If you'd told me a year ago that I would be eating the way I've just described, I would have laughed in your face (probably around a mouthful of cheese-infused loveliness). Honestly, the only reason I ever even considered giving up my dairy fetish was the Madam-induced migraine habit I picked up during pregnancy. I could probably go back to eating dairy again, but after having read Skinny Bitch: Bun in the Oven I'm completely grossed out by what goes into it, not just for my own sake but for the fact that what I eat is what Madam eats. I don't want to funnel hormones from juiced up cows into her tiny body, so I continue to abstain. I'm not the best or most committed vegan in the world, I've eaten the occasional egg since I started this lifestyle, and I still wear my leather jacket, but I feel pretty good about the fact that I'm doing what I can to start Madam off on the right track with food. It's obviously doing her body good. *grin*

03 January, 2012

The Great Pooscape.

This morning saw us preparing for a visit to Himself in Soho. The weather wasn't particularly auspicious, but although Madam is made of spun sugar (or spice, or something else nice) her predilection for the shower proves that she doesn't melt, so we headed out wrapped in light layers and armed with an umbrella. Which proved completely useless.

I don't mind wind. It's flown many a kite for me in the past. I don't mind rain. It's good for my flowers. Singly, neither wind nor rain offend me in the slightest. It's when they gang up on me that I get disgruntled. By the time we made it to the tube station I'd given up on the umbrella because I got tired of stopping to turn it right side out again.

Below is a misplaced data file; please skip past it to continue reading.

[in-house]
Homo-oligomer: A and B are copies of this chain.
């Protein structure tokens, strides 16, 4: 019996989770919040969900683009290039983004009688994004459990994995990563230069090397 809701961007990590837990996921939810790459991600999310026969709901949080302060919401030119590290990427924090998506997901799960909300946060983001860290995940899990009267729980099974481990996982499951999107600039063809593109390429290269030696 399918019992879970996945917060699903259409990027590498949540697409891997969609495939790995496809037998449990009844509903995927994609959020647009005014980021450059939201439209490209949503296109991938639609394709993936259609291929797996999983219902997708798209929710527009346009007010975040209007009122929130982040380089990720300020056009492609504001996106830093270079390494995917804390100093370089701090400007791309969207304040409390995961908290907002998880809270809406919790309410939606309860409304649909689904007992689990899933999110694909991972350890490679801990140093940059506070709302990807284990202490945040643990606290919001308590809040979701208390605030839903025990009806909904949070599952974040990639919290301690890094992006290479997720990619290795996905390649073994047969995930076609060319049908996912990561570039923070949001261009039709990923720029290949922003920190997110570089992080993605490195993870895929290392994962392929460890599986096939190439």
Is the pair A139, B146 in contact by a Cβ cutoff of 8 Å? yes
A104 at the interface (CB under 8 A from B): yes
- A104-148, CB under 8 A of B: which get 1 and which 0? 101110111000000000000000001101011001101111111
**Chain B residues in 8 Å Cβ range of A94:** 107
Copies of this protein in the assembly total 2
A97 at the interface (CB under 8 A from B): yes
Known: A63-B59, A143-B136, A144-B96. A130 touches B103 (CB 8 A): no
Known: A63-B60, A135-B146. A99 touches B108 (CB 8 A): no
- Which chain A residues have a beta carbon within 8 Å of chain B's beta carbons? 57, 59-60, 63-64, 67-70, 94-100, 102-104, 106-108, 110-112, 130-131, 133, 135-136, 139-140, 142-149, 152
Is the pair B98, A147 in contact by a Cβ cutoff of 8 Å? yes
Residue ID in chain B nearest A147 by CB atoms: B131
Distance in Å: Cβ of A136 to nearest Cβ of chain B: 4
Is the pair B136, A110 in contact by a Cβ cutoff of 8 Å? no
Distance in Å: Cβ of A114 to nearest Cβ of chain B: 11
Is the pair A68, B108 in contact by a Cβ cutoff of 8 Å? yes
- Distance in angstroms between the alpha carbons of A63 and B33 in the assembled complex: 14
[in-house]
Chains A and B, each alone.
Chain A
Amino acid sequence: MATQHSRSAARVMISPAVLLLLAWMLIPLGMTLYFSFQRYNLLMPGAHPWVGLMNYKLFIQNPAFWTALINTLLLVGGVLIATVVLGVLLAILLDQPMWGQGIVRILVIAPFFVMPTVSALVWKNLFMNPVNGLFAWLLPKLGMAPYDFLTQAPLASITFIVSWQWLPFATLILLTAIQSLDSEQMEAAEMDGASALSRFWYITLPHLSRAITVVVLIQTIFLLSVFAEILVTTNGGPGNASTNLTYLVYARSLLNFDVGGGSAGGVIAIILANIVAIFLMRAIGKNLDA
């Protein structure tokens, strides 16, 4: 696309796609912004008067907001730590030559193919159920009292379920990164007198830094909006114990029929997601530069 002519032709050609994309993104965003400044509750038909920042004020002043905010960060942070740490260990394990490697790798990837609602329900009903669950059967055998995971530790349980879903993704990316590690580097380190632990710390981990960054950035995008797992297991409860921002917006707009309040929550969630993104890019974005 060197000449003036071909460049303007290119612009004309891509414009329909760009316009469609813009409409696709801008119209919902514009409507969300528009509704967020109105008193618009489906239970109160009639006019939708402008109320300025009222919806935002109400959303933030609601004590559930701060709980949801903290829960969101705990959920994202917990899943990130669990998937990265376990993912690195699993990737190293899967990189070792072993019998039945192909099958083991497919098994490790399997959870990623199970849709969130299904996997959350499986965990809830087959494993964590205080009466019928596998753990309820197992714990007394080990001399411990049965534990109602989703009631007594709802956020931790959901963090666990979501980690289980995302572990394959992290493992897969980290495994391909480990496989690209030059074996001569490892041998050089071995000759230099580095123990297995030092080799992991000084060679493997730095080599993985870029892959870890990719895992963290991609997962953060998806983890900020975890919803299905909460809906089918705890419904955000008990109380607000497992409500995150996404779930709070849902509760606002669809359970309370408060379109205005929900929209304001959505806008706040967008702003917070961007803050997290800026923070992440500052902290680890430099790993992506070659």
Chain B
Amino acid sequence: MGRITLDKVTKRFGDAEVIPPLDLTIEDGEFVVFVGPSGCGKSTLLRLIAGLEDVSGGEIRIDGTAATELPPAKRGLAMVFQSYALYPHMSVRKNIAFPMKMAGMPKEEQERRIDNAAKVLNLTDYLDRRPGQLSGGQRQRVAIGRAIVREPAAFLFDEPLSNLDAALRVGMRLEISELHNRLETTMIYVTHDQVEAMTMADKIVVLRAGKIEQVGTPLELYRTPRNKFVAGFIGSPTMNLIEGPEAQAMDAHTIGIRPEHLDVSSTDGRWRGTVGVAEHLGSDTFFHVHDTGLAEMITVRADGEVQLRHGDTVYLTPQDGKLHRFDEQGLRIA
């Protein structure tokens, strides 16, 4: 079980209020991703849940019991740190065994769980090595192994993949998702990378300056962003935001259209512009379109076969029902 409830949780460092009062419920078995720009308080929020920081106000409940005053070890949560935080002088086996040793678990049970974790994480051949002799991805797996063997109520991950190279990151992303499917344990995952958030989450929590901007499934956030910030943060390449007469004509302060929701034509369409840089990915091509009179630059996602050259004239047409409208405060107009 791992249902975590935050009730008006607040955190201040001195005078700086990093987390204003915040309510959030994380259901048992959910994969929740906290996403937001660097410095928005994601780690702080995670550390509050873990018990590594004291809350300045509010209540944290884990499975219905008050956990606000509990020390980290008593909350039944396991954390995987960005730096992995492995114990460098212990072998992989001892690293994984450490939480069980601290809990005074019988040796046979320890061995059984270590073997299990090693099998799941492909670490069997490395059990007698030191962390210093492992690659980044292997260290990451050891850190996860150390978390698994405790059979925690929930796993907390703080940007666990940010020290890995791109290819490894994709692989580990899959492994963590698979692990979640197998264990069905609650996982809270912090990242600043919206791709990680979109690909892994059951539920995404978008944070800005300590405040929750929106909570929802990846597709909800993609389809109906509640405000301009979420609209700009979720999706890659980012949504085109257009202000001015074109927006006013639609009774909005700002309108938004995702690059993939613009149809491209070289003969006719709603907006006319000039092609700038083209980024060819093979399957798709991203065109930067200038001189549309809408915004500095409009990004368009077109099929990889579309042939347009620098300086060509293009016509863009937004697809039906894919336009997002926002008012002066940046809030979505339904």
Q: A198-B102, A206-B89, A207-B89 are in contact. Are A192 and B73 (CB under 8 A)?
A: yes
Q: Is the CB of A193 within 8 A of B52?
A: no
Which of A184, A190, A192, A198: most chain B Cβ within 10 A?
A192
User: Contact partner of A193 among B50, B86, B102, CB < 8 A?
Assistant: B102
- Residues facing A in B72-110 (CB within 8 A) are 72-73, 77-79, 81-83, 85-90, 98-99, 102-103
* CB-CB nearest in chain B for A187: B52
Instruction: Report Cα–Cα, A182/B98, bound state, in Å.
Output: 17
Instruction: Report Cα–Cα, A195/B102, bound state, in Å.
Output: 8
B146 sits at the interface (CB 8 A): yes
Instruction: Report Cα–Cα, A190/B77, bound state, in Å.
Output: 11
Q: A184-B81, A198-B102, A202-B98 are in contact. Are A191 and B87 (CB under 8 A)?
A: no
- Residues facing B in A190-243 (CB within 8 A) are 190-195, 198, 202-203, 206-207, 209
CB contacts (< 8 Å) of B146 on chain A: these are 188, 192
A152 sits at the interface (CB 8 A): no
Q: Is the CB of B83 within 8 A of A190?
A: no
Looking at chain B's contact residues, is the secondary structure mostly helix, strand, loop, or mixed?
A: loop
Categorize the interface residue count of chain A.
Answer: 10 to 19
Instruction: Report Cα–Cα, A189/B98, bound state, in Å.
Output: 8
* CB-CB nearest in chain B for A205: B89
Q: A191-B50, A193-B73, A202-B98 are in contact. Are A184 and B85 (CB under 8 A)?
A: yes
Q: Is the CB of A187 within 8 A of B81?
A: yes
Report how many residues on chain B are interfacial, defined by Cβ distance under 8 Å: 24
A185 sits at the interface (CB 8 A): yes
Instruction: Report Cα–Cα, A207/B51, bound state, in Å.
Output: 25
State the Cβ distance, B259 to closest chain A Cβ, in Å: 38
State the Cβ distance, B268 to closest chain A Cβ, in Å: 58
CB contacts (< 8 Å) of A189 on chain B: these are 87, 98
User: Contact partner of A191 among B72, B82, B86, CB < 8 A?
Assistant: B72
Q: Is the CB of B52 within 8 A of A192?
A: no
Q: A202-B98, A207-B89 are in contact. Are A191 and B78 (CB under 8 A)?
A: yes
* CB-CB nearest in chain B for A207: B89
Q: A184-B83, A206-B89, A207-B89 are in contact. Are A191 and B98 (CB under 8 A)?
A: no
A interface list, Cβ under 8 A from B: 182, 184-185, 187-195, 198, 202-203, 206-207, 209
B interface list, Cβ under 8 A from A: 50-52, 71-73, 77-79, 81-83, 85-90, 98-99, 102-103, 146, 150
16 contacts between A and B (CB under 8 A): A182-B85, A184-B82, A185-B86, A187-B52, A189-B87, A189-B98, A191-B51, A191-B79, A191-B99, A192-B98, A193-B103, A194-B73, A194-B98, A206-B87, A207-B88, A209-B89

The first half of the journey on the tube was completely uneventful. Well, uneventful in the normal scheme of things... Madam always collects adulation as her rightful due, so soppy faces/noises only dogs can hear and questions about her age are fielded with ease. She slept, I read, all was well. Then, from the nether regions of Herself came rumblings. The sort of rumblings that mean business. You know, the sort that are followed up by suspiciously liquid sounds. Oh yeah, she let it go. Apparently, halfway through a journey that usually runs an hour and a half is the optimal time to clear her entire digestive system.

So now I had a decision to make. Do I get off the train in the hopes of finding a changing facility, or do I wait until we get to the office and trust that her nappy wrap will contain the badness? I wavered through two stops, but as we were approaching Hammersmith (an area of town in which I lived/nannied for long enough to know every single free bathroom available) I decided to err on the side of caution. Turns out that was a wise move.

By the time we reached the changing facilities in Mothercare, not only had she had time to have a leisurely squish around in the mess, she'd managed to squeeze it out the leg of her nappy and down the side of her trousers. Luckily, Mothercare has sinks conveniently located next to each changing station. Not only did I rinse off the nappy wrap to be dried on the radiator at Himself's office (don't tell his assistant, she'd freak), I rinsed her trousers and dried them under the hand dryer. Yes, yes I did. And I can't imagine how bad it would have been if we'd waited until we arrived in Soho to deal with it.

Adventures in motherhood. And she's still my favourite person. Go figure. *grin*